Two Drugs Found Equal in Treatment of Septic Shock
WEDNESDAY, Feb. 27 (HealthDay News) -- The artery-tightening medication vasopressin holds no overall advantage over an older drug, norepinephrine, in the treatment of severe septic shock, a new study finds.
But vasopressin did appear to be better for less severe cases in the study, said Dr. James. A Russell, a professor of medicine at the University of British Columbia and lead author of a report in the Feb. 28 issue of the New England Journal of Medicine.
Septic shock occurs when an infection, usually bacterial, overwhelms the body's natural defenses, causing drastic drops in blood pressure and blood flow. Quick treatment to raise blood pressure can reduce the death rate, which is high. In this study, more than 35 percent of those treated with either drug died in the first four weeks.
"Vasopressin has been widely used for the treatment of septic shock because of studies showing an improvement in blood pressure and function," Russell said. "There has never been a large study examining the effect on mortality. Our study showed that basically, vasopressin and norepinephrine are safe and equally effective overall."
The study included 778 people treated for septic shock in a number of hospitals in Canada, Australia and the United States. In the first 28 days, 35.4 percent of those given vasopressin and 39.3 percent of those treated with norepinephrine died -- a difference that was not statistically significant.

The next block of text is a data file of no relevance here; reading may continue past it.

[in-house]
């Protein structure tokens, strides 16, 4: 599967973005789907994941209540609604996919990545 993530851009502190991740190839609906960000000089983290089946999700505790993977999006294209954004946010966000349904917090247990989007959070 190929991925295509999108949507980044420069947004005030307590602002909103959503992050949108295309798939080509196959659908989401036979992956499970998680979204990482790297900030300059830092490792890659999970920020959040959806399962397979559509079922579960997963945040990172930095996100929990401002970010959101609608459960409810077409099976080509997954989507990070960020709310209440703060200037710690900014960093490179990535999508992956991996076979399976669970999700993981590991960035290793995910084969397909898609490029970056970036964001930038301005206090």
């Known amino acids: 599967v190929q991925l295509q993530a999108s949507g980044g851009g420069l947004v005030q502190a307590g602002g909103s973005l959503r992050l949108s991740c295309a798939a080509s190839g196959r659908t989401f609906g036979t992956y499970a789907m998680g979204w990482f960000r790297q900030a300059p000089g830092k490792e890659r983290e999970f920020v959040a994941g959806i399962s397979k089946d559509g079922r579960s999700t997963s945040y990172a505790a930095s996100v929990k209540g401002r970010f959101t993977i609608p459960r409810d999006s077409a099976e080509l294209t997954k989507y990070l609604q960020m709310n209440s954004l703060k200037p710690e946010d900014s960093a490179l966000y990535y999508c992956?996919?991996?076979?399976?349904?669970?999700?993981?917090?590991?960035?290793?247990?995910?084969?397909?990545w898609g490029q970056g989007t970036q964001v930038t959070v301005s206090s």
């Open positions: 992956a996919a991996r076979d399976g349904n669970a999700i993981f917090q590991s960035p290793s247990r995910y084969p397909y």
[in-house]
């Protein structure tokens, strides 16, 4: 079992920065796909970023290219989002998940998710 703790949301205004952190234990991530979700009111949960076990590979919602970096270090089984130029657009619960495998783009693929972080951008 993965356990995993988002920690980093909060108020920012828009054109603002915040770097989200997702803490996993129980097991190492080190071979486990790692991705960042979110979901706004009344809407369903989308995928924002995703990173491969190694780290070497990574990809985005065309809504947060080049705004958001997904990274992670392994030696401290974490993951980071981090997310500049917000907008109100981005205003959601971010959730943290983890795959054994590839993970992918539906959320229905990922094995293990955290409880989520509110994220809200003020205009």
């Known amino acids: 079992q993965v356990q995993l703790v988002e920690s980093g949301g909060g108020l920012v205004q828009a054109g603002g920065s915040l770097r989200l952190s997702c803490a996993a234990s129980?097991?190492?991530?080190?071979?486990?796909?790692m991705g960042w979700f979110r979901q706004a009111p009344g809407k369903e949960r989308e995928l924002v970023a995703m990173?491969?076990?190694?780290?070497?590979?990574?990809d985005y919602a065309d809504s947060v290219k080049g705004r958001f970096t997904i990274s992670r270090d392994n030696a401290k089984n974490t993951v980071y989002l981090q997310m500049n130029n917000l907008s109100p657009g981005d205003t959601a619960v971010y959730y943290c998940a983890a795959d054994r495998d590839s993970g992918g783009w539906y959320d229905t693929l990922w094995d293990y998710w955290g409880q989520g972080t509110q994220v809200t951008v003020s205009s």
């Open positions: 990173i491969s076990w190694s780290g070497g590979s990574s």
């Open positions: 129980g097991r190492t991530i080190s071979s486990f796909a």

But there was a statistically significant difference among those with less severe septic shock, defined by the dose of norepinephrine needed to raise blood pressure the desired amount, Russell said. In that group -- about half the people in the study -- 26.5 percent of those given vasopressin died, compared to 35.7 percent of those given norepinephrine. The death rate for more severe cases was 44 percent with vasopressin treatment, 42.5 percent with norepinephrine treatment.
"In our hospital, patients with less severe septic shock are being treated with vasopressin," Russell said.
But perhaps the most important factor in treatment is time, said Dr. Joseph E. Parrillo, a professor of medicine at Robert Wood Johnson Medical School in Camden, N.J.
"Two previous papers suggest that the support you give to the patient, fluids and a vasopressor, are only effective if instituted within the first few hours after the onset of septic shock," Parrillo said. "One paper also suggested that giving an antibiotic early made a difference, with a 20 percent death rate if an antibiotic was given in the first hour, and 60 percent if given by hour six."
The choice of antibiotic to treat the infection underlying the condition is also important, he said. "It makes a difference if you use antibiotics to which the infectious organism is sensitive," Parrillo said. A broad-spectrum antibiotic is adequate in most cases, he added.
Recent guidelines issued in a joint effort by 11 medical organizations, led by the Society of Critical Care Medicine, stress the need for early antibiotic treatment, Parrillo said. The guidelines do not stress the use of one artery-tightening medication over another, but, "the feeling is that there is no reason to use vasopressin," he said.
Causes and treatment of septic shock are described by the U.S. National Library of Medicine.